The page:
Bosley, Harmon Channel Their Messages onto TV Both Candidates See Ad Battle as Critical, for Different Reasons
Jo Mannies And Lorraine Kee Of The Post-Dispatch, St Louis Post-Dispatch (MO)
After weeks of ground warfare - forums and rallies, neighborhood coffees and fund-raisers - the candidates for St. Louis mayor have taken to the air.
Their ads are on TV.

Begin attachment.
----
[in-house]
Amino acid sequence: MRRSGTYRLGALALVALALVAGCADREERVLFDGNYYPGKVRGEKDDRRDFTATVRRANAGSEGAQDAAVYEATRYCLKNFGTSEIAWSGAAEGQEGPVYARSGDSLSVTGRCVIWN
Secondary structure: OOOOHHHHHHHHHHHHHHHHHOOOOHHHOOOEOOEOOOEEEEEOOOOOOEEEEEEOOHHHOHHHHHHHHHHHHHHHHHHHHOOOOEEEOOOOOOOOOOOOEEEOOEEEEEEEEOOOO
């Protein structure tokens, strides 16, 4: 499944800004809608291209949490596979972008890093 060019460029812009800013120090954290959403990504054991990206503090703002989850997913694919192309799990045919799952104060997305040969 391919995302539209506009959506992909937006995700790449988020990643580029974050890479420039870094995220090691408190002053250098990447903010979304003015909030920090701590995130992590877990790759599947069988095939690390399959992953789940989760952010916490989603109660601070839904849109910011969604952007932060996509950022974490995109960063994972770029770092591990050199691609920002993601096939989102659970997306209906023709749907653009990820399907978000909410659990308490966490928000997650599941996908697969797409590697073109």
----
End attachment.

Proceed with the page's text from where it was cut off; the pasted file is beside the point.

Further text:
For many city voters, experts say, those ads are the only times they'll see and hear former Police Chief Clarence Harmon and Mayor Freeman Bosley Jr., the two top candidates in the March 4 Democratic primary. The candidates know that, too. "If you're the incumbent, television is critical," says Bosley. He asserts that his ads are the only way for him to get positive publicity for his first term, while noting the differences between himself and Harmon. For Harmon, the challenger, TV ads are equally important for different reasons. "The goal of our ads would be to remind people of why they support Clarence and to remind people of why they want to vote against Bosley," says campaign manager Judi Roman. The two men already have tangled over Harmon's first TV ad. It is mainly biographical, showing Harmon as a youth and as a soldier. The ad also makes an indirect reference to the mayor with a plea to voters to "stop the corruption." Analysts have one piece of advice for St. Louis television viewers: Be prepared for an onslaught of negative ads in the last two weeks. Kurt Wildermuth, assistant professor of advertising at the University of Missouri at Columbia, says it's obvious why candidates attack each other in their ads. "Political consultants think they work," he says. "The downside is that many people believe negative ads not only destroy opponents, but also discourage people from voting." Even so, challengers like Harmon have little choice, he added. "If a challenger doesn't call an incumbent's record into question, who will?" William Benoit, associate professor of communications at the University of Missouri at Columbia, says candidates know that TV ads are the most important part of their campaign. "There's research that says the more a candidate spends on advertising (and the more TV exposure they get), the more likely they are to win," he says. Attack ads usually run no more than five days. Biographical and positive spots that promote a candidate generally run longer, often combined in the last days of a campaign with ads critical of their opponents. Bosley and Harmon have hired Washington advertising firms that filmed and produced their ads. The firms are buying time from local TV stations. Consultants say it costs between $75,000 and $100,000 a week to air the ads. Martin Hamburger, Harmon's ad consultant, says selling candidates is similar to selling hamburgers - with a key difference: A McDonald's ad may air thousands of times to deliver its message. …